Overall, HTC hit the mark with this phone. It is not too bulky to fit nicely in your pocket, nor too small to be productive. Don't let it's diminutive size fool you, consider it to be a humble pocket giant. Both my husband and I tend to like windows mobile phones, however, this android has wormed its way into our hearts. There are a few quirks, as noted above, but the phone in its entirety is great. Unlike my husband, I do not spend time looking for obscure applications from the web, so my only true con (no camera flash) can be easily resolved by <gasp> using my REAL camera. ;) He has not purchased the Aria as of yet because he is waiting to see if htc wins his heart with a new(er) android/windows mobile super phone that may be coming out this Fall/Winter. He tends to prefer a phone with a keyboard (not sure if the htc android will ever have one). Also, some have complained about the screen size. Switching over from the htc Tilt, this wasn't much of a problem for me considering the Aria is bigger. In all honesty the screen is a decent size (think back five years to your PDA or flip phone).

At any rate, do not be fooled into believing the "innovative" Apple I-phone is a better device. Far from it, actually. Unlike the I-phone, with the Aria, you can watch any video online. Be it on the actual youtube site or a video that is embedded in an article. They post it, you watch it! Ah yes and you can also manipulate your home screen to fit your personal style. Call me OCD, but I know that seeing the numerous applications that show up ALL the time on the I-phone would make my eyes twitch. I prefer the clean home-screen with a date, time, internet...etc.

Advice: if you are interested in this wonderful phone (and you should be by now) I suggest you read up on it before purchasing it. I say this because I had a comical experience in-store with a representative that not only failed to know any of the answers to my questions, but she also said (on numerous occasions ) " I don't know, but the I-phone..." Does nothing else exist but that "innovative", restricted, cult forming device? Answer, yes! There are some fabulous alternatives that utilize the same technology.
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on January 1, 2011
iPhone killer??

After having an iPhone for two years, it was time to move on. I played with several phones at my local ATT store and decided to get the HTC Aria. The phone was sleek with a beautiful finish and really stood out. Unfortunately after using it for one week, I had to return the phone.

-Beautiful HTC design.
-The Android OS is way superior to Apple/iPhone.
-Contacts and calendar easy to use.
-Fast, very fast.
-Display is very sharp.

-Bluetooth connection works occasionally and even when it does, the voice quality is awful.
-Very poor battery life. The battery would be virtually dead if I did not keep it plugged overnight.

I would have kept the phone, however the Bluetooth issue was a deal breaker. I read all the online advice and downloaded some additional apps, however, it did not make any difference. I now have a Samsung Galaxy. It is not as sleek as the HTC, however has Android, with no Bluetooth issues and just has minor battery issues.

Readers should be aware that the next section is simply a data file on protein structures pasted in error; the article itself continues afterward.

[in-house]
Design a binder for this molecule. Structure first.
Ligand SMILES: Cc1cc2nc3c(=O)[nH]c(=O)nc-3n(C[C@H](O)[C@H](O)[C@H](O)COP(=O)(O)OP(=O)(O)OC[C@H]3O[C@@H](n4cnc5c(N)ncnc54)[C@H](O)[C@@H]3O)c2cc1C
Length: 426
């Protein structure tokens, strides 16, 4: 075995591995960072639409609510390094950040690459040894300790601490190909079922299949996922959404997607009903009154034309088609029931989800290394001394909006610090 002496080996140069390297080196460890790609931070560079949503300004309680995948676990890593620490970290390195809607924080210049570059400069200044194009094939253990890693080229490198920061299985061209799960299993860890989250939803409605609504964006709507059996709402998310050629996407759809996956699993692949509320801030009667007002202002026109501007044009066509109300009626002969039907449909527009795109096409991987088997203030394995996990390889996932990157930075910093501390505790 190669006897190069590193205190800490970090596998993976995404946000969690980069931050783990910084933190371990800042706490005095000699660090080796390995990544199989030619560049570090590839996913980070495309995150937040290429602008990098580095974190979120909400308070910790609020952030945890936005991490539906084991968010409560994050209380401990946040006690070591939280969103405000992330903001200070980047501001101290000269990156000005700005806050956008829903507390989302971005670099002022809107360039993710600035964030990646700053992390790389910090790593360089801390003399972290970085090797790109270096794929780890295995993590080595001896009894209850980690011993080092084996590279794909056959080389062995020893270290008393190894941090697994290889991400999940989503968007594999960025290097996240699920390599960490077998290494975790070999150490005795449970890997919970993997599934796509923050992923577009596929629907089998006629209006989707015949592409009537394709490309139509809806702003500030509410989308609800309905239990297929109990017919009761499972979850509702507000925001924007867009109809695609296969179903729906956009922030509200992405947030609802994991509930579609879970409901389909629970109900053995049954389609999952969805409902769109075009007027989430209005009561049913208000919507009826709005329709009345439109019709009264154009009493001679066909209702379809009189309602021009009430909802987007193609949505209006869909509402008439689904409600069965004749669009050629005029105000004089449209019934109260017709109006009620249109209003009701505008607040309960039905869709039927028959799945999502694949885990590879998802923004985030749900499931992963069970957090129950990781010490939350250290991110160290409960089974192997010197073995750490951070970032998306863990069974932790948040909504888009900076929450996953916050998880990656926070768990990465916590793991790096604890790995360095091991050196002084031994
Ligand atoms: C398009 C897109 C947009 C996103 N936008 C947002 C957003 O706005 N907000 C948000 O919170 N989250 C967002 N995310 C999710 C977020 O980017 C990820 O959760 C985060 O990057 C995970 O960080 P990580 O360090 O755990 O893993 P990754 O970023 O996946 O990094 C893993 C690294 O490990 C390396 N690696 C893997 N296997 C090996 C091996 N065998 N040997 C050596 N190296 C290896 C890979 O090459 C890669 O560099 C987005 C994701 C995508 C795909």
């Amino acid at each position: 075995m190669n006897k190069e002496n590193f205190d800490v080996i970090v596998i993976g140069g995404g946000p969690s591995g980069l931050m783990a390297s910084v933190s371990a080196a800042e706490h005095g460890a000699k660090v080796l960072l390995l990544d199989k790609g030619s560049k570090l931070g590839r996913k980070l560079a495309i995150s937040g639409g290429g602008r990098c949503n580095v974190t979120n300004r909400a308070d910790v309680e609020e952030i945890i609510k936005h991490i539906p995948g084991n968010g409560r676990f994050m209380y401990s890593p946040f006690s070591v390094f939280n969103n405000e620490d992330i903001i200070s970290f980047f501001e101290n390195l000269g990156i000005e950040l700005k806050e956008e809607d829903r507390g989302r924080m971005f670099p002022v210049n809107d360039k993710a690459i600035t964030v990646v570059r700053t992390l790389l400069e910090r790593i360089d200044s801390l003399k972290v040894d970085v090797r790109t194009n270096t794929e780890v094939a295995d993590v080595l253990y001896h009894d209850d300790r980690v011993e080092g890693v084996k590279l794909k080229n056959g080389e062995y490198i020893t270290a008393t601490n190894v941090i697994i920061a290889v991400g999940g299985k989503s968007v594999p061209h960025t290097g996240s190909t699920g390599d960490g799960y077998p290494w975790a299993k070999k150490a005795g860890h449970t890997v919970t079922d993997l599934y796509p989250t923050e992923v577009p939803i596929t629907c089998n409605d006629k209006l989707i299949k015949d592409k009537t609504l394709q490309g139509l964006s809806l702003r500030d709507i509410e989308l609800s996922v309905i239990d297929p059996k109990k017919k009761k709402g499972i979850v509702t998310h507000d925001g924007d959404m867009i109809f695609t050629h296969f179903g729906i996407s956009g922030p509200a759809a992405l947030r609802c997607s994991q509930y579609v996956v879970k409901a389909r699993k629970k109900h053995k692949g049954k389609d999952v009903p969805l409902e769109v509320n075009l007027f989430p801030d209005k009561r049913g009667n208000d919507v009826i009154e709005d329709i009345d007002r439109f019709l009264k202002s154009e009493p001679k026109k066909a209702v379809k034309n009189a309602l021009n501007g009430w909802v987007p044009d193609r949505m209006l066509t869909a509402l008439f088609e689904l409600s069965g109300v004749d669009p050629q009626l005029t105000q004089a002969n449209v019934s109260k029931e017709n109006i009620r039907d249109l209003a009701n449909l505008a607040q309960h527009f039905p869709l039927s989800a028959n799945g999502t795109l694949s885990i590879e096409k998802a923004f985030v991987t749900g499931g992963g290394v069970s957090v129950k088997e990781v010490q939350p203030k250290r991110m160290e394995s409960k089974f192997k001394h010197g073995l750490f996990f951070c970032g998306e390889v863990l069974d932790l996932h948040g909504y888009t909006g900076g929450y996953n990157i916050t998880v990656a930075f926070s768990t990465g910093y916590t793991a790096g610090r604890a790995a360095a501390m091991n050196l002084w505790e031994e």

In conclusion, HTC Aria is an iPhone killer, but only if you do not need Bluetooth and are willing to keep it charged for most of the day/night.
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on August 2, 2010
My wife and I have both been using iPhones for a couple of years now for work, but she recently had to give hers up. I bought her this phone as a replacement and hoped that the good comments wouldn't just be from iPhone haters. I was not let down.

I realize most people looking at this will be comparing with the iPhone, so let me first give the pros for using an iPhone instead of the Aria. The iPhone interface is simpler, so if you want a really low learning curve to being up and running on your phone and accomplishing basic tasks, the iPhone is almost certainly as good as it gets. Very little can be customized, which keeps you from being overwhelmed with options ad just allows you to enjoy using the phone. There are also an enormous number of other devices you can purchase to go with your phone if you want alot of other gadgets.

On the other side, the simplicity of the iPhone turns out to be its downfall for me. Android, and the "Sense" interface that HTC put on top of it, just do so much more. If you don't know what widgets are, let me give me basic explanation - rather than a shortcut that appears on your "desktop" (hereafter referred to as home screens), it is a continuously running program that sits there and is usually a simplified version of a larger program. for example, you can put a Facebook widget on one of your home screens and have a quick look at everyone's comments without opening a full Facebook app or going to the website. Want more functionality? Just click on the widget and launch the full app. Right now she has widgets sitting on her home screens showing her the weather/forecast, email, Facebook, calendar, and text messages. So without opening a program, she has the status of all of these items continuously updating.

We didn't get an unlimited data plan and wanted to monitor usage. So we hopped on Google Market (the equivalent of the app store) and got an app called 3G Watchdog - because of the flexibility of Android, we have the option to put a shortcut to the app on a home screen, put a widget on a home screen to always see the status of this month's usage, or the option we went with which was to ass a status meter to the top bar on the phone (where you have the antenna strength, battery remaining, etc. Very cool.